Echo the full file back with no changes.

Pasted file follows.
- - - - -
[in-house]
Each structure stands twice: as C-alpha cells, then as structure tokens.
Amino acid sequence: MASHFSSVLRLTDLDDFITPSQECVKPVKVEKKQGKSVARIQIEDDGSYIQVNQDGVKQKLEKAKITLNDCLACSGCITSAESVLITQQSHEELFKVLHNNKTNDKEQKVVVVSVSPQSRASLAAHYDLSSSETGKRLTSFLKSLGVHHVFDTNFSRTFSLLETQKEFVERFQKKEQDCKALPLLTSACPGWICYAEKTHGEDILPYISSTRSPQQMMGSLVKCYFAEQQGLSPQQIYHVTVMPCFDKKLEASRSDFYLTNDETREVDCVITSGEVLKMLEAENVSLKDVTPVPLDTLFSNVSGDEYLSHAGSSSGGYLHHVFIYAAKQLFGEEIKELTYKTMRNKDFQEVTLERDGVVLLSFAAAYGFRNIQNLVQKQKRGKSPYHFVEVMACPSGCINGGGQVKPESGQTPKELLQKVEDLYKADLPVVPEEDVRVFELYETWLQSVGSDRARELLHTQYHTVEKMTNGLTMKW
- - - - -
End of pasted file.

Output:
[in-house]
Each structure stands twice: as C-alpha cells, then as structure tokens.
Amino acid sequence: MASHFSSVLRLTDLDDFITPSQECVKPVKVEKKQGKSVARIQIEDDGSYIQVNQDGVKQKLEKAKITLNDCLACSGCITSAESVLITQQSHEELFKVLHNNKTNDKEQKVVVVSVSPQSRASLAAHYDLSSSETGKRLTSFLKSLGVHHVFDTNFSRTFSLLETQKEFVERFQKKEQDCKALPLLTSACPGWICYAEKTHGEDILPYISSTRSPQQMMGSLVKCYFAEQQGLSPQQIYHVTVMPCFDKKLEASRSDFYLTNDETREVDCVITSGEVLKMLEAENVSLKDVTPVPLDTLFSNVSGDEYLSHAGSSSGGYLHHVFIYAAKQLFGEEIKELTYKTMRNKDFQEVTLERDGVVLLSFAAAYGFRNIQNLVQKQKRGKSPYHFVEVMACPSGCINGGGQVKPESGQTPKELLQKVEDLYKADLPVVPEEDVRVFELYETWLQSVGSDRARELLHTQYHTVEKMTNGLTMKW